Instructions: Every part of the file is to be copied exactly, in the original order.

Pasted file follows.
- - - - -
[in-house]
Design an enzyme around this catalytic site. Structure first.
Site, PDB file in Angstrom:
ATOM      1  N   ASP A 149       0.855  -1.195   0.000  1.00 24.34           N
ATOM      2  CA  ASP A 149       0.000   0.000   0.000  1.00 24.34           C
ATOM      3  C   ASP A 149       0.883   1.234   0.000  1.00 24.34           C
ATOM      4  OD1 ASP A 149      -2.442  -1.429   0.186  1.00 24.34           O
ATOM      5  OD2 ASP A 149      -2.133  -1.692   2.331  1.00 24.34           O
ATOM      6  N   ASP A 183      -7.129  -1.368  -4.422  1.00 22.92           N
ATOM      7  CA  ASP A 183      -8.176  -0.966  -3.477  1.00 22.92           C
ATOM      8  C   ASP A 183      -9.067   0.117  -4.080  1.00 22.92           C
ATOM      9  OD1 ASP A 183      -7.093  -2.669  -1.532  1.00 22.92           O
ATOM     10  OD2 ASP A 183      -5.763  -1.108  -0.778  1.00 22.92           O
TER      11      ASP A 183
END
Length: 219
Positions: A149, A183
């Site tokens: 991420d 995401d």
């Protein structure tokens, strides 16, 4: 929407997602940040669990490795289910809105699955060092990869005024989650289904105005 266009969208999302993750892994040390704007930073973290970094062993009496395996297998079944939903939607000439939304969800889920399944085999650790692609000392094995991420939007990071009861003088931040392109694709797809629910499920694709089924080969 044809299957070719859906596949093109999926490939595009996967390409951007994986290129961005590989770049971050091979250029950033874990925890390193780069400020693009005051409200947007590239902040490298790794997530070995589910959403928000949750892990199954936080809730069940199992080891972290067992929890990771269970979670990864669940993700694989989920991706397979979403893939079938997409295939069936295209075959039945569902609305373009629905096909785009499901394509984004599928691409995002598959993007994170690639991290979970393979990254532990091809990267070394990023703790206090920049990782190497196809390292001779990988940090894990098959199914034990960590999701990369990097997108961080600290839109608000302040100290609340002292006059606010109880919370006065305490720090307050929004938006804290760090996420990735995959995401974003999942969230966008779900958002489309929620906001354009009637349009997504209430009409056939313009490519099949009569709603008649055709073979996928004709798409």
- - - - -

[in-house]
Design an enzyme around this catalytic site. Structure first.
Site, PDB file in Angstrom:
ATOM      1  N   ASP A 149       0.855  -1.195   0.000  1.00 24.34           N
ATOM      2  CA  ASP A 149       0.000   0.000   0.000  1.00 24.34           C
ATOM      3  C   ASP A 149       0.883   1.234   0.000  1.00 24.34           C
ATOM      4  OD1 ASP A 149      -2.442  -1.429   0.186  1.00 24.34           O
ATOM      5  OD2 ASP A 149      -2.133  -1.692   2.331  1.00 24.34           O
ATOM      6  N   ASP A 183      -7.129  -1.368  -4.422  1.00 22.92           N
ATOM      7  CA  ASP A 183      -8.176  -0.966  -3.477  1.00 22.92           C
ATOM      8  C   ASP A 183      -9.067   0.117  -4.080  1.00 22.92           C
ATOM      9  OD1 ASP A 183      -7.093  -2.669  -1.532  1.00 22.92           O
ATOM     10  OD2 ASP A 183      -5.763  -1.108  -0.778  1.00 22.92           O
TER      11      ASP A 183
END
Length: 219
Positions: A149, A183
């Site tokens: 991420d 995401d």
């Protein structure tokens, strides 16, 4: 929407997602940040669990490795289910809105699955060092990869005024989650289904105005 266009969208999302993750892994040390704007930073973290970094062993009496395996297998079944939903939607000439939304969800889920399944085999650790692609000392094995991420939007990071009861003088931040392109694709797809629910499920694709089924080969 044809299957070719859906596949093109999926490939595009996967390409951007994986290129961005590989770049971050091979250029950033874990925890390193780069400020693009005051409200947007590239902040490298790794997530070995589910959403928000949750892990199954936080809730069940199992080891972290067992929890990771269970979670990864669940993700694989989920991706397979979403893939079938997409295939069936295209075959039945569902609305373009629905096909785009499901394509984004599928691409995002598959993007994170690639991290979970393979990254532990091809990267070394990023703790206090920049990782190497196809390292001779990988940090894990098959199914034990960590999701990369990097997108961080600290839109608000302040100290609340002292006059606010109880919370006065305490720090307050929004938006804290760090996420990735995959995401974003999942969230966008779900958002489309929620906001354009009637349009997504209430009409056939313009490519099949009569709603008649055709073979996928004709798409």